Nothing positive in a negative question
Nelson Wong Sing-chi, alas, is not the late Szeto Wah.
The long-time core member of the Democratic Party has broken ranks over the pan-democratic stance on the government's electoral reform package.
He argues, not unreasonably, in support of the reform package because the pan-dems have offered no viable alternative. Their rejectionism, he points out, will simply send us all back to where we started. The government package, however flawed and compromised, is at least a step forward.
Rewind back to 2010 when the Democrats reached a deal with Beijing over the electoral reform plan then on offer.
For enabling its passage in the legislature, the Democrats were branded as traitors. Nevertheless, the vocal support of Szeto Wah, who was dying from cancer, gave the Democrats the necessary ideological cover they needed to cut a deal. Szeto essentially made the same arguments about the reform package then as Wong is making now.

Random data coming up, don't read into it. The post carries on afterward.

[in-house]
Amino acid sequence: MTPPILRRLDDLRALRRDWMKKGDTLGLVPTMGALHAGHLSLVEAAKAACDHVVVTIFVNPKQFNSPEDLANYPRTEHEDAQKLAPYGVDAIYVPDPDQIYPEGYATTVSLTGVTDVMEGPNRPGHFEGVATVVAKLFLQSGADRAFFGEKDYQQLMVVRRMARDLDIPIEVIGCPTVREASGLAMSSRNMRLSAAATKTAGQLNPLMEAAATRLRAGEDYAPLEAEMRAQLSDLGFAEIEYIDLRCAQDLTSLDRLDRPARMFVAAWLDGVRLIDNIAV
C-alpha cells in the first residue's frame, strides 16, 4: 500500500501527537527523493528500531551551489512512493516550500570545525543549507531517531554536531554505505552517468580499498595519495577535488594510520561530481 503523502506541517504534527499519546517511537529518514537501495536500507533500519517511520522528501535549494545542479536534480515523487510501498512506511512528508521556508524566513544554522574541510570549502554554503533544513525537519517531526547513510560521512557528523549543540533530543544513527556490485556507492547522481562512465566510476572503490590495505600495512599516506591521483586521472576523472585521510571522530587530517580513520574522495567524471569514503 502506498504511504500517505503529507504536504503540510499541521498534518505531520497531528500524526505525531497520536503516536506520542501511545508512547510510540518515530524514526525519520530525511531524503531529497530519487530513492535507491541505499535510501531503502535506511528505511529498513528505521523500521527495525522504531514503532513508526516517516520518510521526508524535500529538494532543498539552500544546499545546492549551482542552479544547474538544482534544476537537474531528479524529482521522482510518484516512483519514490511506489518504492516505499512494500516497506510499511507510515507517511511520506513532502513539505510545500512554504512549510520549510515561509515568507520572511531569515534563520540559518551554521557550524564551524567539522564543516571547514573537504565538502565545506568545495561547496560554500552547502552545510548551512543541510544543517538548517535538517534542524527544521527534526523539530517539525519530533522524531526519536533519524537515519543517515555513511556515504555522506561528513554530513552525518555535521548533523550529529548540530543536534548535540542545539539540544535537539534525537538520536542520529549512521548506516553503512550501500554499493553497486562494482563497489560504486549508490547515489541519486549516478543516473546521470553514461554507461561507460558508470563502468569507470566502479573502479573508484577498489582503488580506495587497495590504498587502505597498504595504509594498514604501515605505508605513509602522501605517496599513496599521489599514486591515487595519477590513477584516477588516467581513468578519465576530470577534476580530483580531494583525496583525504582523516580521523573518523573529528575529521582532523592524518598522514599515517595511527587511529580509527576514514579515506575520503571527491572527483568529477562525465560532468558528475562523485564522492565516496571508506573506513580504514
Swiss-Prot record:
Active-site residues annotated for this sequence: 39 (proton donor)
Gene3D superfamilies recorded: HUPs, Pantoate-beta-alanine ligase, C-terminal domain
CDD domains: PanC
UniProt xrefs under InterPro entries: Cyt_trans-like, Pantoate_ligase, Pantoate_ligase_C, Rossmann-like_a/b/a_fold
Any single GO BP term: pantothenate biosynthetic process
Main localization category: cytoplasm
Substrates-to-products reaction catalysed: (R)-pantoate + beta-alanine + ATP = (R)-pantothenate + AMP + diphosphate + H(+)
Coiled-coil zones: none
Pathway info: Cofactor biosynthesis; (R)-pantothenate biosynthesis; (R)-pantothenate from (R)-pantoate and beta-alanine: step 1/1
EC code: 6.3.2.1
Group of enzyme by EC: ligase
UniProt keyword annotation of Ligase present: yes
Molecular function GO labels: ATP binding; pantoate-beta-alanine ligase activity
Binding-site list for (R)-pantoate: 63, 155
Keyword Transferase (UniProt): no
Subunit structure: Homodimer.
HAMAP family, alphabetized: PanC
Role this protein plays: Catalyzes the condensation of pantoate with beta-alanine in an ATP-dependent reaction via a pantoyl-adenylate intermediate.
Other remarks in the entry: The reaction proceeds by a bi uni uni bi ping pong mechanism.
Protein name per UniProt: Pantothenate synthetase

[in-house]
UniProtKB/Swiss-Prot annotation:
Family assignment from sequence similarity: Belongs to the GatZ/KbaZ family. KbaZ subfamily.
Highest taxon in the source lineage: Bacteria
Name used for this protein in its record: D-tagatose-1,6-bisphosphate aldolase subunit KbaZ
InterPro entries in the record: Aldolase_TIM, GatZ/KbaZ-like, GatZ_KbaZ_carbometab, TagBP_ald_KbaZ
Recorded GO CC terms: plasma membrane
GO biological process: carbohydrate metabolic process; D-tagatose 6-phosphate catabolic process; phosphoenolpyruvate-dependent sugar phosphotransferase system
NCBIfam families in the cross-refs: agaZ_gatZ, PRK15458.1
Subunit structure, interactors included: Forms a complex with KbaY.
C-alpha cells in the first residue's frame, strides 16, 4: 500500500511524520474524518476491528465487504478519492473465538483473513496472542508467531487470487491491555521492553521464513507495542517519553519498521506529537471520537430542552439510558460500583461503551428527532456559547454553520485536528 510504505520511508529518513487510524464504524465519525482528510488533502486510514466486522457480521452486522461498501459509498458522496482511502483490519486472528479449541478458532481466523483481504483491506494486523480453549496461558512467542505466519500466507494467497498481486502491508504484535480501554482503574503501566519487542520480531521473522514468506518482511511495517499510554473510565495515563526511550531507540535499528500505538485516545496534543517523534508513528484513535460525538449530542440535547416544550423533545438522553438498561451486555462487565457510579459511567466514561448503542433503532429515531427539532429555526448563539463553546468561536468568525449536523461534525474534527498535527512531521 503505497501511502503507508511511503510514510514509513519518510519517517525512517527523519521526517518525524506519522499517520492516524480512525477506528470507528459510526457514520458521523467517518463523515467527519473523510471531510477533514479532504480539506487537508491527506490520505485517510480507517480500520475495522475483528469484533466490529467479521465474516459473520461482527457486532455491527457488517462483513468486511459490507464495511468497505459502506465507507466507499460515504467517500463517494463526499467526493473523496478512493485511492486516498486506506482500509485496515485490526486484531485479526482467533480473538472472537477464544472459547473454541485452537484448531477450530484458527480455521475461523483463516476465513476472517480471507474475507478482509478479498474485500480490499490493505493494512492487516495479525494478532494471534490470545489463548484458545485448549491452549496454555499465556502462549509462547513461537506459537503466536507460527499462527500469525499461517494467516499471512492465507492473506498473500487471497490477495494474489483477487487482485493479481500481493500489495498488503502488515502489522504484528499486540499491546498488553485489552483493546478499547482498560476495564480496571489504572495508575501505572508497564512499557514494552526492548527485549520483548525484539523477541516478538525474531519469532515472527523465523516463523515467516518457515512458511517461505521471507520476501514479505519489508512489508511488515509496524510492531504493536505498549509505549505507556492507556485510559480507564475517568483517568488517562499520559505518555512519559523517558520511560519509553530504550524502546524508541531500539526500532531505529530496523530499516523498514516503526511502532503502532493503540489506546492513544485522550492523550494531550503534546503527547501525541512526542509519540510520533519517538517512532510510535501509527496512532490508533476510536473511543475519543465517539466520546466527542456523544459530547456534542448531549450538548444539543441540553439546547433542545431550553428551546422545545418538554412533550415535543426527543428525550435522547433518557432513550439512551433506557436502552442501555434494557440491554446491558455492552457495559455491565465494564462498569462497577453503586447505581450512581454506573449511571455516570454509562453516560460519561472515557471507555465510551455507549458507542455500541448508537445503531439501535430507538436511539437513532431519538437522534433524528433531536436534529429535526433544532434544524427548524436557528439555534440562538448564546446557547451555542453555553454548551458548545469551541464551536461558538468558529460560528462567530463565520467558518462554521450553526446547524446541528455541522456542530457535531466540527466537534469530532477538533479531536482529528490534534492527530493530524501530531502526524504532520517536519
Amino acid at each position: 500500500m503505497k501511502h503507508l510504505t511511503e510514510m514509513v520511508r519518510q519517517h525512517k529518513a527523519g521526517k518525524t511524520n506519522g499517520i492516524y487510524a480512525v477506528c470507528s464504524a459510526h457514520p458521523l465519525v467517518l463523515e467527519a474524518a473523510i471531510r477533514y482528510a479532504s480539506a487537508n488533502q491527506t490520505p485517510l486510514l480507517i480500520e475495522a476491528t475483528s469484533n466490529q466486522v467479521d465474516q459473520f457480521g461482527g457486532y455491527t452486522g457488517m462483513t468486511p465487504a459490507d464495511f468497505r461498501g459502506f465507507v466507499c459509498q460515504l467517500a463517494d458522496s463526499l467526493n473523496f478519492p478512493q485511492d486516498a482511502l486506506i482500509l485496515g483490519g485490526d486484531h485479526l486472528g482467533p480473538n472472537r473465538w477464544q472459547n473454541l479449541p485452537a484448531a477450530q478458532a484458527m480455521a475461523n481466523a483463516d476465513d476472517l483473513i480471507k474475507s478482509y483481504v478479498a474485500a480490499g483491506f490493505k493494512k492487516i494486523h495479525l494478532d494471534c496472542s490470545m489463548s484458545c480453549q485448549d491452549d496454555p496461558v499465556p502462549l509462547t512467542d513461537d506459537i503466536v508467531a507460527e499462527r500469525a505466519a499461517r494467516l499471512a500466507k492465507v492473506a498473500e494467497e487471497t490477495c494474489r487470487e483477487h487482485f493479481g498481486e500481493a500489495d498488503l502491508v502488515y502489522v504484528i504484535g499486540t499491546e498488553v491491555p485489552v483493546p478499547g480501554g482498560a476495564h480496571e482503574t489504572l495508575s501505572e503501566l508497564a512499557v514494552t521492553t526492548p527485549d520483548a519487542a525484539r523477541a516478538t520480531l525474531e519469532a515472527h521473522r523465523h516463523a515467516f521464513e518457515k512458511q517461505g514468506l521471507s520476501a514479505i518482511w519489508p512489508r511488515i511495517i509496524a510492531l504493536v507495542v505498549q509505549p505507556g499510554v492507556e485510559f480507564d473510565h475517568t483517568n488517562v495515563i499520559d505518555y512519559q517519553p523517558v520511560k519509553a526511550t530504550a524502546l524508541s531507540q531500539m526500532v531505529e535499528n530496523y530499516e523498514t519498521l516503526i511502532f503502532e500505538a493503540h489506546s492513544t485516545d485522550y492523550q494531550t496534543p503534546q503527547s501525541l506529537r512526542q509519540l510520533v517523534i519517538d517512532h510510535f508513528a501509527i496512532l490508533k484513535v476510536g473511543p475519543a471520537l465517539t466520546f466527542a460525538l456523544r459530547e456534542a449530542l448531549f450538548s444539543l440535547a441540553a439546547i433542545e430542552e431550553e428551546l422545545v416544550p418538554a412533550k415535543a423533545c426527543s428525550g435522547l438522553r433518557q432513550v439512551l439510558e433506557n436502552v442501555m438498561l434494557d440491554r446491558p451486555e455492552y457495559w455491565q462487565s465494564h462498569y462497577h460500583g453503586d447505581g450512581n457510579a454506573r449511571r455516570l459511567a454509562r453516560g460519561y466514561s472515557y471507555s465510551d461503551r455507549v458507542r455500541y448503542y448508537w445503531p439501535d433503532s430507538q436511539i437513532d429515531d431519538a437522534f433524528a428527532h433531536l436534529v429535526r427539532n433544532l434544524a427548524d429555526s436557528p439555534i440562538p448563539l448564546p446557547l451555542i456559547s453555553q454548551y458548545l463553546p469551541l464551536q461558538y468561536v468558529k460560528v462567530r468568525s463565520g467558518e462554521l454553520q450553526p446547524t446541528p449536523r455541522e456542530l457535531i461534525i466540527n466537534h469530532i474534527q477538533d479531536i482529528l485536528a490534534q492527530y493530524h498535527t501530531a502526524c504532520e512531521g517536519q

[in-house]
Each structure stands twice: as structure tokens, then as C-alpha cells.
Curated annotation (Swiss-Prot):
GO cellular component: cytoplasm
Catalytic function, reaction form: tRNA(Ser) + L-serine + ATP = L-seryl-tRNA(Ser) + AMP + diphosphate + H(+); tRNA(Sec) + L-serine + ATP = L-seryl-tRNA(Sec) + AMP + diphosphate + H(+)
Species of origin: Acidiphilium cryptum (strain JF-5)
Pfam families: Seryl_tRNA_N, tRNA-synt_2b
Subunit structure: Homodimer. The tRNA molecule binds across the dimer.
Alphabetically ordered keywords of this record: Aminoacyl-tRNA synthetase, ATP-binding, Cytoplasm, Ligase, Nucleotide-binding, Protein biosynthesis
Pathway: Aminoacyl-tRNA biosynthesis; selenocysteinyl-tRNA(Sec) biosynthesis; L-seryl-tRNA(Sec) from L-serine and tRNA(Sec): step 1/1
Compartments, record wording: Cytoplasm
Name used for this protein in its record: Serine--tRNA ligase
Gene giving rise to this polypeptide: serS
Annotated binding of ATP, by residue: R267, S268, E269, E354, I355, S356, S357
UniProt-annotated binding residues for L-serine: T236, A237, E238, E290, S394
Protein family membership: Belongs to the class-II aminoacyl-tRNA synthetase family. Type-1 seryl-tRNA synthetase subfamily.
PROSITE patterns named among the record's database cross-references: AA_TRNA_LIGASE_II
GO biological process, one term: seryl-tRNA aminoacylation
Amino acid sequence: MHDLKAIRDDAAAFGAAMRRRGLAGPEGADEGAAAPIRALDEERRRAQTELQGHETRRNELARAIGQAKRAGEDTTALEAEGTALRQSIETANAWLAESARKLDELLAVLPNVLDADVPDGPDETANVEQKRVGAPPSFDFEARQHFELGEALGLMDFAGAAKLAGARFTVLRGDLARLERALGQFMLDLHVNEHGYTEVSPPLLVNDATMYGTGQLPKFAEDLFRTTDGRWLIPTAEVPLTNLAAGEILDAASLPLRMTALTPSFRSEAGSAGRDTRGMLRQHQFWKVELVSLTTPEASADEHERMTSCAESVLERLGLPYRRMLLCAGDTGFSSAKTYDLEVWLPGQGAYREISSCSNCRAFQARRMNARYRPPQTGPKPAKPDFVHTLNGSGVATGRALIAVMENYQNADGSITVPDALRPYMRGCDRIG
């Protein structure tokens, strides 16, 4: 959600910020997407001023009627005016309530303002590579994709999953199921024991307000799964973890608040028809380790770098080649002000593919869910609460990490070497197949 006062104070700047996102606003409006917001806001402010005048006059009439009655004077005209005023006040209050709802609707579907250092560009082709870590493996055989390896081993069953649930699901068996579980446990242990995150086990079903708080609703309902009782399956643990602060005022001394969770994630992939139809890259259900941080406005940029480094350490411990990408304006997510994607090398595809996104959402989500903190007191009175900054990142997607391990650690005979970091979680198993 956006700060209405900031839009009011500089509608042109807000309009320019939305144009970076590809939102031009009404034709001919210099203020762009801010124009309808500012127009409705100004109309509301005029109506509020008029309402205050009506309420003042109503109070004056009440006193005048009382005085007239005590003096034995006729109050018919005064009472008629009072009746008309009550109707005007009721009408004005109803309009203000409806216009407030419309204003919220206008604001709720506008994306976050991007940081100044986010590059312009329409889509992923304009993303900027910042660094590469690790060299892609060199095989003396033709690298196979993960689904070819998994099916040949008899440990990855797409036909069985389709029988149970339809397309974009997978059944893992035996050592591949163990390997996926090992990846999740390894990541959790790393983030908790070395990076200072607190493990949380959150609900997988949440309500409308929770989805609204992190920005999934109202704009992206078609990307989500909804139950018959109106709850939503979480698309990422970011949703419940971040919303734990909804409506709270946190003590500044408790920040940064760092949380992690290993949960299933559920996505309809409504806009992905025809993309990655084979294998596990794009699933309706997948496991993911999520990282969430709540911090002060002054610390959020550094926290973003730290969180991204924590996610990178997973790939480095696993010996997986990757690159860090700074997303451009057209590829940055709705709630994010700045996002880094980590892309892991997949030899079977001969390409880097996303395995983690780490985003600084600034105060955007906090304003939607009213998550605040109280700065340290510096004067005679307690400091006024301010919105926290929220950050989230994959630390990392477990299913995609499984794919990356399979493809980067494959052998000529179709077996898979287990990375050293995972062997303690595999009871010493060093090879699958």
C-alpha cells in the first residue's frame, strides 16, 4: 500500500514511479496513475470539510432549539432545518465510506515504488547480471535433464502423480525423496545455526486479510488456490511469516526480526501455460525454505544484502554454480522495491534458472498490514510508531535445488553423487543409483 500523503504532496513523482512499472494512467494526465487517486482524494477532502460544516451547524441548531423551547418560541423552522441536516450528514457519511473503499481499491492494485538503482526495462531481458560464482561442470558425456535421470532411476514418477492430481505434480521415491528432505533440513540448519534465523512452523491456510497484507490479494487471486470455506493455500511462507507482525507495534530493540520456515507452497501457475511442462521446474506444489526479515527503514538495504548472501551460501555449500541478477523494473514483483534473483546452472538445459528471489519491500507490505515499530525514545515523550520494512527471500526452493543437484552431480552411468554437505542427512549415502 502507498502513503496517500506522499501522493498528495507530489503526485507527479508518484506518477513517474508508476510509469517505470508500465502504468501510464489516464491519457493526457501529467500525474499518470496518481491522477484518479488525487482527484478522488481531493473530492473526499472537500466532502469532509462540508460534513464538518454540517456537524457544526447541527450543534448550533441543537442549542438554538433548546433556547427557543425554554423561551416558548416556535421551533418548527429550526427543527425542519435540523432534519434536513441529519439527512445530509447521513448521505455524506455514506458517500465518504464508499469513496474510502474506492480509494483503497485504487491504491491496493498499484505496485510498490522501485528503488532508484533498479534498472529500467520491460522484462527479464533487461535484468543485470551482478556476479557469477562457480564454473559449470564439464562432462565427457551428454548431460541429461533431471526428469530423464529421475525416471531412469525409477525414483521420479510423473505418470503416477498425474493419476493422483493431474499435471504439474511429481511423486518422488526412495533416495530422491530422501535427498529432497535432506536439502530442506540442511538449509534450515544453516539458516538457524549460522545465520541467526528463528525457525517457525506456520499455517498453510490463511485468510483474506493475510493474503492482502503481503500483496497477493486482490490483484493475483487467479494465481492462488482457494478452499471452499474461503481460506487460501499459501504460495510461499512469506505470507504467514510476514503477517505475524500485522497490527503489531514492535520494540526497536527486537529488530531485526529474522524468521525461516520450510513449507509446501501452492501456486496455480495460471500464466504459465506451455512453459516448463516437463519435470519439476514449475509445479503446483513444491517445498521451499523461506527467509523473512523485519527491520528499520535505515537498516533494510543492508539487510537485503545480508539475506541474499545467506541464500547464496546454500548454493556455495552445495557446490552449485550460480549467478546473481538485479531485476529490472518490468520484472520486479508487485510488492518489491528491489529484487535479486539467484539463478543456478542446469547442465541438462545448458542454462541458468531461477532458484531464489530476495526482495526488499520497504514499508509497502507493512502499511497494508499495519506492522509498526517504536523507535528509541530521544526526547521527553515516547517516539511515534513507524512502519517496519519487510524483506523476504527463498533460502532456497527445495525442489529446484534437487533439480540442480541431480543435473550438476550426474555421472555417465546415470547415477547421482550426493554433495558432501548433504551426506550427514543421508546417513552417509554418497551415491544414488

Unfortunately, Wong does not have the same prestige and influence as Szeto. It's the same with Ronny Tong Ka-wah, who has taken on his fellow Civic Party comrades for being even more hardline and intransigent than the Democrats.
In retrospect, Szeto was right. The reform he helped to bring about created 10 more directly elected seats and enlarged the election committee for the chief executive from 800 members to 1,200. It committed Beijing to allow universal suffrage in 2017 for the chief executive vote and 2020 at the earliest for Legco. That was a definite democratic advance.
The reform package on the table today does not compare with its predecessor in that respect. And there is no one of comparable stature like Szeto to sell it.
The question we are left with is not a positive one: What do we gain democratically under such a restricted electoral framework? Rather, all we have is a negative question: Is such a deal worse than nothing?
On this one, I believe intelligent and honest people can legitimately disagree.
I so happen to think Wong is right, just as the dying Szeto Wah was right back then.
Unfortunately, I don't feel as sure this time.